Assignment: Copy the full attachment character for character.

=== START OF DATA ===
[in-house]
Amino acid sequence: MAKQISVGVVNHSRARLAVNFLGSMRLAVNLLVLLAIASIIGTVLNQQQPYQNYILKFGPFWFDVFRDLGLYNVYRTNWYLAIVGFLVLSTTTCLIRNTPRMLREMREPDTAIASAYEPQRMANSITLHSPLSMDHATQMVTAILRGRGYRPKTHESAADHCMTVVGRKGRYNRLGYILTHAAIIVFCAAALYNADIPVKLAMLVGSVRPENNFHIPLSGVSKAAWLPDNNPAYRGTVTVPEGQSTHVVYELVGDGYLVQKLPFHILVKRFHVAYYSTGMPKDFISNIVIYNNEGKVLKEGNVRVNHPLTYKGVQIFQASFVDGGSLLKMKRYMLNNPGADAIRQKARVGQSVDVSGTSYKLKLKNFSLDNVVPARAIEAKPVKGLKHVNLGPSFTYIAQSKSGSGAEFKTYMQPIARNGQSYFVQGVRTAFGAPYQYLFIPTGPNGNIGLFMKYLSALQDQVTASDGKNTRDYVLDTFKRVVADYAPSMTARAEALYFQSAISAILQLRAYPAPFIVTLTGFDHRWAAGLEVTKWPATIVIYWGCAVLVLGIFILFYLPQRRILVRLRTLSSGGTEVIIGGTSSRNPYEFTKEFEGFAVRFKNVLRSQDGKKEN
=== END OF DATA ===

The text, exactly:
[in-house]
Amino acid sequence: MAKQISVGVVNHSRARLAVNFLGSMRLAVNLLVLLAIASIIGTVLNQQQPYQNYILKFGPFWFDVFRDLGLYNVYRTNWYLAIVGFLVLSTTTCLIRNTPRMLREMREPDTAIASAYEPQRMANSITLHSPLSMDHATQMVTAILRGRGYRPKTHESAADHCMTVVGRKGRYNRLGYILTHAAIIVFCAAALYNADIPVKLAMLVGSVRPENNFHIPLSGVSKAAWLPDNNPAYRGTVTVPEGQSTHVVYELVGDGYLVQKLPFHILVKRFHVAYYSTGMPKDFISNIVIYNNEGKVLKEGNVRVNHPLTYKGVQIFQASFVDGGSLLKMKRYMLNNPGADAIRQKARVGQSVDVSGTSYKLKLKNFSLDNVVPARAIEAKPVKGLKHVNLGPSFTYIAQSKSGSGAEFKTYMQPIARNGQSYFVQGVRTAFGAPYQYLFIPTGPNGNIGLFMKYLSALQDQVTASDGKNTRDYVLDTFKRVVADYAPSMTARAEALYFQSAISAILQLRAYPAPFIVTLTGFDHRWAAGLEVTKWPATIVIYWGCAVLVLGIFILFYLPQRRILVRLRTLSSGGTEVIIGGTSSRNPYEFTKEFEGFAVRFKNVLRSQDGKKEN